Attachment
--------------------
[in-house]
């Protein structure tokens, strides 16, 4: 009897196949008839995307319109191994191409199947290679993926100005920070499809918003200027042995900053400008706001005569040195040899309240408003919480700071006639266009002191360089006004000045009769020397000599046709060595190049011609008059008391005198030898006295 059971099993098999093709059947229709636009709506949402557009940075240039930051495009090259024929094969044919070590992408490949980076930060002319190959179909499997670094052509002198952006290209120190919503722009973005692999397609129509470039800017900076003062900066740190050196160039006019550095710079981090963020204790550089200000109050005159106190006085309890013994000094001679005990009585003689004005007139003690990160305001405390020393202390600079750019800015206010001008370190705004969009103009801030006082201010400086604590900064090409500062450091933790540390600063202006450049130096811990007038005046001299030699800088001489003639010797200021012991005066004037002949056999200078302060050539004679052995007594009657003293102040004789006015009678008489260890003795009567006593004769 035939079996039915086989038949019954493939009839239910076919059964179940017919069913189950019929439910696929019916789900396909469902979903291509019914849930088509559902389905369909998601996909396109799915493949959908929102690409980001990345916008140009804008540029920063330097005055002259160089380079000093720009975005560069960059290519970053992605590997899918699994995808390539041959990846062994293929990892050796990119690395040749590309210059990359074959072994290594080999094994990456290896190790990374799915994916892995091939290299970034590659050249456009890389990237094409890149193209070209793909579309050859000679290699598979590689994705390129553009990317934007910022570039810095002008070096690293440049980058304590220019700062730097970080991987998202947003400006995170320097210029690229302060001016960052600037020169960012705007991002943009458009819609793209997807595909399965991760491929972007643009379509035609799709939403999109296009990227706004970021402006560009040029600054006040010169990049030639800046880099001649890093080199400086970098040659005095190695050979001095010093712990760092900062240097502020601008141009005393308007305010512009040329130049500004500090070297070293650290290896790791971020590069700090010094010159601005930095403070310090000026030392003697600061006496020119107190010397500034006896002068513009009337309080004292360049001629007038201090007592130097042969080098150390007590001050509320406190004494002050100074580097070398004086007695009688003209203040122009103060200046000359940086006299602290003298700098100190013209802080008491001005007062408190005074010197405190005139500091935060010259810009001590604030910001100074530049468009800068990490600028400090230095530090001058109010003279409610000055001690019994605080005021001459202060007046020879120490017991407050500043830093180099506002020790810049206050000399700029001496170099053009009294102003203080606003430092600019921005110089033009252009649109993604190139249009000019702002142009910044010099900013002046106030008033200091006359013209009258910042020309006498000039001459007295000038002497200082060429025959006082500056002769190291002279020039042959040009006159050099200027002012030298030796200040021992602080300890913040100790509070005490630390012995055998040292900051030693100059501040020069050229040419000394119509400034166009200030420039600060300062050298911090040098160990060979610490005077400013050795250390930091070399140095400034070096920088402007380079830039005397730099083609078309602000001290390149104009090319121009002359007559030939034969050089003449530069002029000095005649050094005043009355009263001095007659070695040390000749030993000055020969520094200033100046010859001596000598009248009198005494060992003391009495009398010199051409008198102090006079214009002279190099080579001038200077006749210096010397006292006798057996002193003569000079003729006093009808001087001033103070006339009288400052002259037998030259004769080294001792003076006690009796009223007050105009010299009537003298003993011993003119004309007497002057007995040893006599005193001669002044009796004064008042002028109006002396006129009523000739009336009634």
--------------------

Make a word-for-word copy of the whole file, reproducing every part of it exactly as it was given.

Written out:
[in-house]
């Protein structure tokens, strides 16, 4: 009897196949008839995307319109191994191409199947290679993926100005920070499809918003200027042995900053400008706001005569040195040899309240408003919480700071006639266009002191360089006004000045009769020397000599046709060595190049011609008059008391005198030898006295 059971099993098999093709059947229709636009709506949402557009940075240039930051495009090259024929094969044919070590992408490949980076930060002319190959179909499997670094052509002198952006290209120190919503722009973005692999397609129509470039800017900076003062900066740190050196160039006019550095710079981090963020204790550089200000109050005159106190006085309890013994000094001679005990009585003689004005007139003690990160305001405390020393202390600079750019800015206010001008370190705004969009103009801030006082201010400086604590900064090409500062450091933790540390600063202006450049130096811990007038005046001299030699800088001489003639010797200021012991005066004037002949056999200078302060050539004679052995007594009657003293102040004789006015009678008489260890003795009567006593004769 035939079996039915086989038949019954493939009839239910076919059964179940017919069913189950019929439910696929019916789900396909469902979903291509019914849930088509559902389905369909998601996909396109799915493949959908929102690409980001990345916008140009804008540029920063330097005055002259160089380079000093720009975005560069960059290519970053992605590997899918699994995808390539041959990846062994293929990892050796990119690395040749590309210059990359074959072994290594080999094994990456290896190790990374799915994916892995091939290299970034590659050249456009890389990237094409890149193209070209793909579309050859000679290699598979590689994705390129553009990317934007910022570039810095002008070096690293440049980058304590220019700062730097970080991987998202947003400006995170320097210029690229302060001016960052600037020169960012705007991002943009458009819609793209997807595909399965991760491929972007643009379509035609799709939403999109296009990227706004970021402006560009040029600054006040010169990049030639800046880099001649890093080199400086970098040659005095190695050979001095010093712990760092900062240097502020601008141009005393308007305010512009040329130049500004500090070297070293650290290896790791971020590069700090010094010159601005930095403070310090000026030392003697600061006496020119107190010397500034006896002068513009009337309080004292360049001629007038201090007592130097042969080098150390007590001050509320406190004494002050100074580097070398004086007695009688003209203040122009103060200046000359940086006299602290003298700098100190013209802080008491001005007062408190005074010197405190005139500091935060010259810009001590604030910001100074530049468009800068990490600028400090230095530090001058109010003279409610000055001690019994605080005021001459202060007046020879120490017991407050500043830093180099506002020790810049206050000399700029001496170099053009009294102003203080606003430092600019921005110089033009252009649109993604190139249009000019702002142009910044010099900013002046106030008033200091006359013209009258910042020309006498000039001459007295000038002497200082060429025959006082500056002769190291002279020039042959040009006159050099200027002012030298030796200040021992602080300890913040100790509070005490630390012995055998040292900051030693100059501040020069050229040419000394119509400034166009200030420039600060300062050298911090040098160990060979610490005077400013050795250390930091070399140095400034070096920088402007380079830039005397730099083609078309602000001290390149104009090319121009002359007559030939034969050089003449530069002029000095005649050094005043009355009263001095007659070695040390000749030993000055020969520094200033100046010859001596000598009248009198005494060992003391009495009398010199051409008198102090006079214009002279190099080579001038200077006749210096010397006292006798057996002193003569000079003729006093009808001087001033103070006339009288400052002259037998030259004769080294001792003076006690009796009223007050105009010299009537003298003993011993003119004309007497002057007995040893006599005193001669002044009796004064008042002028109006002396006129009523000739009336009634």